(adds comment from Vale)
By Bate Felix and Silvia Antonioli
DAKAR/LONDON, April 9 (Reuters) - A Guinea government report recommended that BSG Resources (BSGR) and its joint venture partner, Brazilian mining giant Vale VALE5.SA, be stripped of two iron ore concessions, saying BSGR obtained the rights by corruption.
The report, released on Wednesday, recommended that Guinea withdraw the mining permit held by VBG, the joint venture between BSGR and Vale, in the giant Simandou iron ore deposit and cancel its Zogota mining concession.
It also called for the government to exclude VBG from any future process toward re-allocating the licenses.
"There is a set of precise and coherent evidence establishing with sufficient certainty the existence of corrupt practices that tarnished the granting of mining rights and mining concession for Simandou and Zogota to BSGR," the report said.
"As such, the corrupt practices also tarnished and voided mining rights and concessions currently held by the VBG joint venture," it said.
BSGR, the mining branch of Israeli billionaire Beny Steinmetz's conglomerate, denied the allegations and said the government was relying on fabricated claims and an illegitimate process to justify a plan to seize the mines and reward political allies.
It said it would seek international arbitration.
"BSGR has sought to cooperate fully with the committee despite the fundamental unfairness, procedural irregularities and false claims inherent in its review process. The next step is international arbitration, where the evidence can be aired in a proper forum and BSGR can establish the truth," a spokesman for the company said.
The report said Vale, the majority shareholder in the VBG venture, did not participate in the corrupt practices.
However, the world's largest iron ore producer, risks losing the rights it acquired through the joint venture.
According to a source close to the Brazilian miner, the company has spent more than $1 billion on its Guinean venture.
"Vale acquired its interest in VBG after the completion of extensive due diligence conducted by outside advisors and on the basis of representations that VBG had obtained its mining rights lawfully and without any improper promises or payments," the Brazilian company said in a statement on March 27 after media reports of the recommendation.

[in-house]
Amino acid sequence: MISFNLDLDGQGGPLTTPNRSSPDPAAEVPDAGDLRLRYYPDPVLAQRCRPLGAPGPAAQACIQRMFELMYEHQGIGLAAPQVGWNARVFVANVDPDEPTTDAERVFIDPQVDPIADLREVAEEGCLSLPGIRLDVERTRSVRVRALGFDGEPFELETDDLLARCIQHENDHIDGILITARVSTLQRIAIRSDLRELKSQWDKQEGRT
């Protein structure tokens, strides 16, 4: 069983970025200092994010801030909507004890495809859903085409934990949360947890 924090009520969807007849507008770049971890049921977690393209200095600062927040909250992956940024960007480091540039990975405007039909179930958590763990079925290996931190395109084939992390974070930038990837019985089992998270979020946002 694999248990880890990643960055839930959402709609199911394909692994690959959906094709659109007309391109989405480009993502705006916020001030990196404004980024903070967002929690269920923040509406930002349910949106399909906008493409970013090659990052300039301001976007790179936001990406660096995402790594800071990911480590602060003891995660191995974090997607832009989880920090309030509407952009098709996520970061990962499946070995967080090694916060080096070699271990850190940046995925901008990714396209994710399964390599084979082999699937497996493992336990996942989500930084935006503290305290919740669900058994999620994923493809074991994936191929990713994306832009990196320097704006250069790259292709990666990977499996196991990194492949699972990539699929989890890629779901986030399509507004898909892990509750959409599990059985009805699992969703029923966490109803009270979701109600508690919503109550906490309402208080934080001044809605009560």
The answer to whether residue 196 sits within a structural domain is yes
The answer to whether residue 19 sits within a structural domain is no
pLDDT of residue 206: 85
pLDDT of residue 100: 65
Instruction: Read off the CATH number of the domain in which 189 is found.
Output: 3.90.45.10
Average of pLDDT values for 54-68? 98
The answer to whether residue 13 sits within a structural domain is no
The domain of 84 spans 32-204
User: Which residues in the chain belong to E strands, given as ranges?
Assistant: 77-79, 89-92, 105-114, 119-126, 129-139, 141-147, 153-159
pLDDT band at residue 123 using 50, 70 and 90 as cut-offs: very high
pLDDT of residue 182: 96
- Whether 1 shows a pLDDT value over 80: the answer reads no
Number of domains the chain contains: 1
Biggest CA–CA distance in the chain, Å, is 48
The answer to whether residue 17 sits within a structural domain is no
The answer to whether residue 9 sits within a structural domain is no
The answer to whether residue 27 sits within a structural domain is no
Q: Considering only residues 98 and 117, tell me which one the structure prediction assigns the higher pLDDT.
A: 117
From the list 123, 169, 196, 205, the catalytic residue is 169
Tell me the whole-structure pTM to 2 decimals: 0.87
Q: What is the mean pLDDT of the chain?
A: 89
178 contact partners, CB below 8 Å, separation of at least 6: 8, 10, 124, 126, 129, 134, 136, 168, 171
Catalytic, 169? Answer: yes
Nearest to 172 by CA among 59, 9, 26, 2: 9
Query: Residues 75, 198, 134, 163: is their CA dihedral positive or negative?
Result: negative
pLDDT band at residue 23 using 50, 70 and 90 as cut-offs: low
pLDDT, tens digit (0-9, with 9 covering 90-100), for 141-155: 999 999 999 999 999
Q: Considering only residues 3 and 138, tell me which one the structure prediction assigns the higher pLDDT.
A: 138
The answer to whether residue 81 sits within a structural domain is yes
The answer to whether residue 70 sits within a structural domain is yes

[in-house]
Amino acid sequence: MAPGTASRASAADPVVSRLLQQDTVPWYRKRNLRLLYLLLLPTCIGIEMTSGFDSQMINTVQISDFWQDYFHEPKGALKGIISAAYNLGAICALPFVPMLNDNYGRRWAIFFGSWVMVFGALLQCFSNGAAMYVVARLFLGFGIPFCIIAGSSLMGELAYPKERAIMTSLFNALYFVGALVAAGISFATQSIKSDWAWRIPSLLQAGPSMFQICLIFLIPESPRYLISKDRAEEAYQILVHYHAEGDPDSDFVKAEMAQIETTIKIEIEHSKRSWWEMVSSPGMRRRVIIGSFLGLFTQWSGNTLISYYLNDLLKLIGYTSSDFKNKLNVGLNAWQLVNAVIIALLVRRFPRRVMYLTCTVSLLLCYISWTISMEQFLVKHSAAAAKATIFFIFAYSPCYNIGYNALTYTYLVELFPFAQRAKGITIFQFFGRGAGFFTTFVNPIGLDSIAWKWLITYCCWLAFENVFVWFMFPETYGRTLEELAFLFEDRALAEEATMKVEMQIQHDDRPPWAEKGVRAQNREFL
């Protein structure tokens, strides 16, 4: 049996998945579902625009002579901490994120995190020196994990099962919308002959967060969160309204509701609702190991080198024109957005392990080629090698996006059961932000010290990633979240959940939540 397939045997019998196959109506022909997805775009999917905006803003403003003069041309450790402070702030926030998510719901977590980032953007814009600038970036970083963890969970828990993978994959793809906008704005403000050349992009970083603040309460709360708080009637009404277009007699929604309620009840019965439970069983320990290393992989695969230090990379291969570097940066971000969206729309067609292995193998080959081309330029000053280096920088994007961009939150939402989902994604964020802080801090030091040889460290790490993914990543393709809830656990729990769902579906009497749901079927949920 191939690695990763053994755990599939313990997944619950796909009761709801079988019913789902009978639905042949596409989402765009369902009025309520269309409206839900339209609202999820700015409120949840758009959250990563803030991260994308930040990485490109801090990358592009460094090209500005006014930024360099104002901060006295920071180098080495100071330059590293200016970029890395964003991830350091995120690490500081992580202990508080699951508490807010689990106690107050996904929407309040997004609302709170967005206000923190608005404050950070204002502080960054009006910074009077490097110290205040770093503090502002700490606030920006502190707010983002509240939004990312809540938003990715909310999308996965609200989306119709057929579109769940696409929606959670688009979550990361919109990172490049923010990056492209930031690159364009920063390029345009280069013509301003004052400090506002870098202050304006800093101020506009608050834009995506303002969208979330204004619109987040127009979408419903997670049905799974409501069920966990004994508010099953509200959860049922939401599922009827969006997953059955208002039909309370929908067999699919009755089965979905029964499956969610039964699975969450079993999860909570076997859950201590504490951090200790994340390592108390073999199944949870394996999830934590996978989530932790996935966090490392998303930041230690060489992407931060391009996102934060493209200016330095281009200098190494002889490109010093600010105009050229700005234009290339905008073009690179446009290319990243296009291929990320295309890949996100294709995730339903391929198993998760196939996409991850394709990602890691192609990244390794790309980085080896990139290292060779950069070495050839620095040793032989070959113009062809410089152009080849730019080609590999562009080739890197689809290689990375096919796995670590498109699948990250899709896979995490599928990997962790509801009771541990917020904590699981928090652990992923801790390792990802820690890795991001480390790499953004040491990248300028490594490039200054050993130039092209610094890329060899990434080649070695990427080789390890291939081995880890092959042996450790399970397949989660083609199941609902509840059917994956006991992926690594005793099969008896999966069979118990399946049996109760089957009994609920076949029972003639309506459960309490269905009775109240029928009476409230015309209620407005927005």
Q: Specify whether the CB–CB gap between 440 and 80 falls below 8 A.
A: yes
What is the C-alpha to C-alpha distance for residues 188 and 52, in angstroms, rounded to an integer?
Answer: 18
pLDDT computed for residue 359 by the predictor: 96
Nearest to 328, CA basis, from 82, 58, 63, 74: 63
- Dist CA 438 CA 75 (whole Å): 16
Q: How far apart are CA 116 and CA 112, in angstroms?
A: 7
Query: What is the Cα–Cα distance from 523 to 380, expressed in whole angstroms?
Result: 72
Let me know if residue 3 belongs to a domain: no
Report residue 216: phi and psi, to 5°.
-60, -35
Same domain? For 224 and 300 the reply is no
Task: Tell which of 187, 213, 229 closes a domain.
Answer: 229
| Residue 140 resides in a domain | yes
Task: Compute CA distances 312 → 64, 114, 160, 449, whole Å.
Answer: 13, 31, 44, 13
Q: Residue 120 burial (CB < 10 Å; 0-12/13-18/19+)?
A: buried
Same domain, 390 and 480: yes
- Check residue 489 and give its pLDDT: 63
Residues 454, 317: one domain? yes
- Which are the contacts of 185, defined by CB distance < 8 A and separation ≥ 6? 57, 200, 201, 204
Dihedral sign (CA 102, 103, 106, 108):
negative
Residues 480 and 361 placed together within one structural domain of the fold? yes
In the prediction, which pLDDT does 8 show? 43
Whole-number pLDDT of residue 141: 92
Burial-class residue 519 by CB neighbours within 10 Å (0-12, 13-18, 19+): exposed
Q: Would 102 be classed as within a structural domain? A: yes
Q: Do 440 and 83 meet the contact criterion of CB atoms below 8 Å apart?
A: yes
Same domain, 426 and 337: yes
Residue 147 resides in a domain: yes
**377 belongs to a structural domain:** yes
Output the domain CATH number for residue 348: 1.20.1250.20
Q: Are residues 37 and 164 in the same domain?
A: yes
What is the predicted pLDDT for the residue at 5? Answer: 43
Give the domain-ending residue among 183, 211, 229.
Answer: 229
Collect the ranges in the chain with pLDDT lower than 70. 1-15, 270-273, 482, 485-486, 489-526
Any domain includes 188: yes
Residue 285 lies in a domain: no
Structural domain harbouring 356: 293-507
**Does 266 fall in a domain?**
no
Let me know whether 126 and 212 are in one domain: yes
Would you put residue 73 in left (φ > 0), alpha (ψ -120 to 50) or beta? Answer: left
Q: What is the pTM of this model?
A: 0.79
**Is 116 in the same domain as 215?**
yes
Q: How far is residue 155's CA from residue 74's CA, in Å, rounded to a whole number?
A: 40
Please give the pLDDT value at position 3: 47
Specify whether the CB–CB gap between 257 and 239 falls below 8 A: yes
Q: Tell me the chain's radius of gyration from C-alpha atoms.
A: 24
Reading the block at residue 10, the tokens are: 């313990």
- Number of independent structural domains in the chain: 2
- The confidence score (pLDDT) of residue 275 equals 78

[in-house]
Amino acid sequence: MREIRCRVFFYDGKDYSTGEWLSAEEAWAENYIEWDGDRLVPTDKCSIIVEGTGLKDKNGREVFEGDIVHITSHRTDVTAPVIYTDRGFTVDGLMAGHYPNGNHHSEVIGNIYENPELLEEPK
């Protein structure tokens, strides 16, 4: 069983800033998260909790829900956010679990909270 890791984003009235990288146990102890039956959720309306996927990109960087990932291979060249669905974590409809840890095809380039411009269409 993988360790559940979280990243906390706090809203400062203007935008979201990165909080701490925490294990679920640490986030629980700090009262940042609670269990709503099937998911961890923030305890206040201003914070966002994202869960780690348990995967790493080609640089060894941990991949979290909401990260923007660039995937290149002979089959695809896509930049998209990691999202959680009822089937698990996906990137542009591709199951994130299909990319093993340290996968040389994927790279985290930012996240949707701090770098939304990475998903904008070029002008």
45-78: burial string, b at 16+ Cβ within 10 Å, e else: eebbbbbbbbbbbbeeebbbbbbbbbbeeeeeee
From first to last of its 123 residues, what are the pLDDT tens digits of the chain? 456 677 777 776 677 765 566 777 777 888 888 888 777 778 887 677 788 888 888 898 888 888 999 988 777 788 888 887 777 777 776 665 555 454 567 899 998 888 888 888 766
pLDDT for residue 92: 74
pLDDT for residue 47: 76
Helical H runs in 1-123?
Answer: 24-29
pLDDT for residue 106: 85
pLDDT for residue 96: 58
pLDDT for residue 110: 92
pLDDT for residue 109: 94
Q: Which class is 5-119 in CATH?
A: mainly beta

"If ... the government decides to accept the recommendation, Vale may lose its entire investment in the Simandou project subject to any rights to recourse Vale may have."
In the report and documents published on its website, the committee said Frederic Cilins, BSGR's representative in Conakry, had entered into various agreements with Mamadie Toure, the fourth wife of former Guinean President Lansana Conte, to help BSGR obtain the mining rights in exchange for payments.
It said Toure used her influence to organise meetings between the former president and BSGR representatives so that Conte could put pressure on the mines minister to award mining permits and concessions to BSGR.
The report added that Cilins, a French national, and other company officials showered former Guinean officials with gifts.
Cilins, 51, was arrested last April as part of a U.S. probe into payments made to Guinean officials. He pleaded guilty in New York last month to one count of obstructing a criminal investigation in connection with the investigation. (Full Story)
Sources close to the matter last month said the committee drafting the report had recommended stripping the licenses. (Full Story)
The report, which has been submitted to a ministerial-level strategic committee for a final decision, is the latest step in a long-running saga over the future of Simandou, one of the largest untapped iron ore deposits in the world.
BSGR sold 51 percent of its Guinean assets to Vale in 2010, when they created VBG in a $2.5 billion deal. Vale paid an immediate $500 million, with further payments conditional on meeting production targets.
The venture began drilling at Zogota in 2010. It planned to start production at the mine, which has a capacity of 15 million tonnes a year, by 2012, but work was suspended following unrest in August 2012 in the town nearby, during which five people were killed.
Anglo-Australian mining firm Rio Tinto RIO.AX RIO.L spent millions trying to develop Simandou until 2008, when former President Lansana Conte's government revoked its permit on the northern half and transferred it to BSGR, arguing that Rio had moved too slowly.
Rio is now focusing on developing the southern part of Simandou together with Chinese partner Chinalco 3668.HK but has said it is unlikely to start production until at least 2018, since billions of dollars need to be invested in building infrastructure to export the ore.
(Click here for the committee's full report)
(With reporting by David Rohde in New York and Jeb Blount in Rio de Janeiro; Editing by Jane Baird and David Evans)
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